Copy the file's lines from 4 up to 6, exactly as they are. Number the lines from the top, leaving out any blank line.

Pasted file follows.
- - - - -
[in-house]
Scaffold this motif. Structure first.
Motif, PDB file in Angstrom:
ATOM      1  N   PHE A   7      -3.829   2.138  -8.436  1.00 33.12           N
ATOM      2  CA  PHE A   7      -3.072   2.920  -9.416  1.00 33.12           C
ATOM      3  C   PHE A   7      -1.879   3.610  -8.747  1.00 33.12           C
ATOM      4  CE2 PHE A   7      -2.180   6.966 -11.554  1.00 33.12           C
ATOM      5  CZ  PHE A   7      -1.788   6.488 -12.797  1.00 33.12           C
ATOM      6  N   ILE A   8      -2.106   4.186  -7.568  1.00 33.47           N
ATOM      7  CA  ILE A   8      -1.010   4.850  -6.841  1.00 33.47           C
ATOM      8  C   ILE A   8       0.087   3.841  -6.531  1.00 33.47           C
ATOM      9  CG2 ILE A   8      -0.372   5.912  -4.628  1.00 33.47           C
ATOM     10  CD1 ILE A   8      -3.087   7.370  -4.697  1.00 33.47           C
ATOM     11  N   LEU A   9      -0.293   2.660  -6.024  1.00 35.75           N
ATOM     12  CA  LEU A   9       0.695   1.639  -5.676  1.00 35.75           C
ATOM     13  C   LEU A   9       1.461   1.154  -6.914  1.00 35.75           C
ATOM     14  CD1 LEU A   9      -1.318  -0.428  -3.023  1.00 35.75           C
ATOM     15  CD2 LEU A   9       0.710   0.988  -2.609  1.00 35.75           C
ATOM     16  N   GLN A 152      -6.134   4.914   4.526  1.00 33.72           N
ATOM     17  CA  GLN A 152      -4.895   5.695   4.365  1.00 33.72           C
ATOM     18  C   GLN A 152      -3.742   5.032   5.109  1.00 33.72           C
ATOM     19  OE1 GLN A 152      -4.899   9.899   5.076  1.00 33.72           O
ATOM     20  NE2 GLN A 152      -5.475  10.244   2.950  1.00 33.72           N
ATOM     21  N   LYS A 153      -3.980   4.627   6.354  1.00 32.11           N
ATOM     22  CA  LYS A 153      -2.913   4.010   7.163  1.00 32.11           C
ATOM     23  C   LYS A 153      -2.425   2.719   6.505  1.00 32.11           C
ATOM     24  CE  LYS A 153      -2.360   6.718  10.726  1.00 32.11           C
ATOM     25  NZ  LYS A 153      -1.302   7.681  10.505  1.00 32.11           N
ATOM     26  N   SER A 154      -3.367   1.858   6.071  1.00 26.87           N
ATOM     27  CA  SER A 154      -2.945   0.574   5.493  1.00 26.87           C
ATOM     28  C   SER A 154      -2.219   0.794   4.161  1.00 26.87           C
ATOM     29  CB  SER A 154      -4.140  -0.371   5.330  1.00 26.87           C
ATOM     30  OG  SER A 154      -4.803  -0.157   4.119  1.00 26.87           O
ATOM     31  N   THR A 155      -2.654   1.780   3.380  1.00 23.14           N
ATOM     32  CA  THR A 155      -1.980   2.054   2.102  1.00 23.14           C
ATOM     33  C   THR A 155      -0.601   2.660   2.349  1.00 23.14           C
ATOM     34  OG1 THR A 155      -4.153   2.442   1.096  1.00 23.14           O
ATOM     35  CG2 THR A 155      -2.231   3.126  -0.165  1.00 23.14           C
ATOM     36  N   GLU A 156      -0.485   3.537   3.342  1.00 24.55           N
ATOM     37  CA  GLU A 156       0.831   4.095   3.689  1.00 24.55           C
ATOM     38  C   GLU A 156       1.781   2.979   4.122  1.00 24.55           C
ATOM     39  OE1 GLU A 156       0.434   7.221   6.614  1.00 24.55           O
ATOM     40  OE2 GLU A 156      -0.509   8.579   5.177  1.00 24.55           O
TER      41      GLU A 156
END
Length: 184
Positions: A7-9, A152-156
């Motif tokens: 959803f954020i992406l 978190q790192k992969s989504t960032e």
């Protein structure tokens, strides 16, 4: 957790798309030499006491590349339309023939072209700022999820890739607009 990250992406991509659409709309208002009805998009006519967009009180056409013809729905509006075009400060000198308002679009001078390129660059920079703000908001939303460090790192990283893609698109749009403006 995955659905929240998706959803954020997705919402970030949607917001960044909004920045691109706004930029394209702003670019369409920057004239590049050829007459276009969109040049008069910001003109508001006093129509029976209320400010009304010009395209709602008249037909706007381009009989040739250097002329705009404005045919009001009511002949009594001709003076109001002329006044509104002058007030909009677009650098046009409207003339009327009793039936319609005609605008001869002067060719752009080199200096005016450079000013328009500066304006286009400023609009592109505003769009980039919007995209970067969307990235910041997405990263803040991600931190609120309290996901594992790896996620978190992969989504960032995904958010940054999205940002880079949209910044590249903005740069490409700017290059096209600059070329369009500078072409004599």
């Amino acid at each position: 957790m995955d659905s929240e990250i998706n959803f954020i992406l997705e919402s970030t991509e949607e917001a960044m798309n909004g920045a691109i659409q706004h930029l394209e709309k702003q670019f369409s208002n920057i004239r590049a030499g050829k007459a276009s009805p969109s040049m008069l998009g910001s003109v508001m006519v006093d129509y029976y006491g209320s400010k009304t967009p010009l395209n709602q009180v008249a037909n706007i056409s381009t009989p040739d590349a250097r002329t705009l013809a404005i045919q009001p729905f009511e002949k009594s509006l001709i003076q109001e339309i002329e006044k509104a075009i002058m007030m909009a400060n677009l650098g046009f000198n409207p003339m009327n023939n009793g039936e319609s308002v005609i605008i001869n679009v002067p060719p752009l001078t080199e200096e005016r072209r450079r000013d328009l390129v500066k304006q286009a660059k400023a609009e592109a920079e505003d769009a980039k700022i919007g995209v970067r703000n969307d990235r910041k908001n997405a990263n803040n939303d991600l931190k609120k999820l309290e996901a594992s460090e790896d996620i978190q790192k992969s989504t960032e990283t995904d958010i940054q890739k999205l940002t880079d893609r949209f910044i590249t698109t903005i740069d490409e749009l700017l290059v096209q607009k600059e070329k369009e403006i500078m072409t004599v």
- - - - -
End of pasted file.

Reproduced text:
ATOM      1  N   PHE A   7      -3.829   2.138  -8.436  1.00 33.12           N
ATOM      2  CA  PHE A   7      -3.072   2.920  -9.416  1.00 33.12           C
ATOM      3  C   PHE A   7      -1.879   3.610  -8.747  1.00 33.12           C